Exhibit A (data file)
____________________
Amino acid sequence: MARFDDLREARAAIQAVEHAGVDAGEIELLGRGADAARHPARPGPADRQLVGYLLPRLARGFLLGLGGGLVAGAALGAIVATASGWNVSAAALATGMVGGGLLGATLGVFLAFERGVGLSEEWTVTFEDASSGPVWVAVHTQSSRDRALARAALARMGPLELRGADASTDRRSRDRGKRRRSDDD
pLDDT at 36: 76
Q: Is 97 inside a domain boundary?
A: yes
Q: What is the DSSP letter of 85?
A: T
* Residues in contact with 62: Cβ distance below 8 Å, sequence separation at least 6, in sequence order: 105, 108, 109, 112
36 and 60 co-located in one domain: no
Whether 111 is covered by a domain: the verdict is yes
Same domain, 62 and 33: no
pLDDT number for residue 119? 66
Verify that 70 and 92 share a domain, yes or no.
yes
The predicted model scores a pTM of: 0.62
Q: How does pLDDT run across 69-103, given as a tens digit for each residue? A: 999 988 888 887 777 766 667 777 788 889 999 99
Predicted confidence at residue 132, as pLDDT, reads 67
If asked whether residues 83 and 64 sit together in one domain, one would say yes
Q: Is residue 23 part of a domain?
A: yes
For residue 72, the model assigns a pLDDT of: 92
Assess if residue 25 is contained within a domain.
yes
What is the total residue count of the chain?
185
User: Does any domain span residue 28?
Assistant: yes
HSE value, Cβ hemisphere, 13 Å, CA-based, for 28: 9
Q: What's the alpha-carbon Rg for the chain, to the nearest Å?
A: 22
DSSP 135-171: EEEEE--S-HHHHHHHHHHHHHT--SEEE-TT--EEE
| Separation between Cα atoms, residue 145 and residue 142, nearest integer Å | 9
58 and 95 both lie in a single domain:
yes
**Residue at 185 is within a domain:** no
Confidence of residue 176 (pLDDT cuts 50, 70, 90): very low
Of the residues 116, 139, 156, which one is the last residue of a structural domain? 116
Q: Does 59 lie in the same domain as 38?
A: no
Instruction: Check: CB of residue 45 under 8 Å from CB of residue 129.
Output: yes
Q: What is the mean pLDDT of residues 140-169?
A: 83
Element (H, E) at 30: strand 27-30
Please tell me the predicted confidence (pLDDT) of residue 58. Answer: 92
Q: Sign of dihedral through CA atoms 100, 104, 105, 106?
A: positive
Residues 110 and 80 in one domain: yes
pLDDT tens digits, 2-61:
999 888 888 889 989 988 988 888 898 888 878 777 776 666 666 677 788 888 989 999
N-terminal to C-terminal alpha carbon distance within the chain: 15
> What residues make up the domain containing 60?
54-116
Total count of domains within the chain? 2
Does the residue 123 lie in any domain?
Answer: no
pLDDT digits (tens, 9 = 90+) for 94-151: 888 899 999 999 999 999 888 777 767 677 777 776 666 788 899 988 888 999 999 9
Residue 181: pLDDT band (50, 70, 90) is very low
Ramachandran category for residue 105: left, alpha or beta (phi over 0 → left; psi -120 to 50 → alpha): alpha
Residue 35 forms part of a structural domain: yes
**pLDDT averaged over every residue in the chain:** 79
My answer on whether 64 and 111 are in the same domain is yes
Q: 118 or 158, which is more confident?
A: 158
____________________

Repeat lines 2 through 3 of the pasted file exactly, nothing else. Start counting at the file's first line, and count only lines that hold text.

pLDDT at 36: 76
Q: Is 97 inside a domain boundary?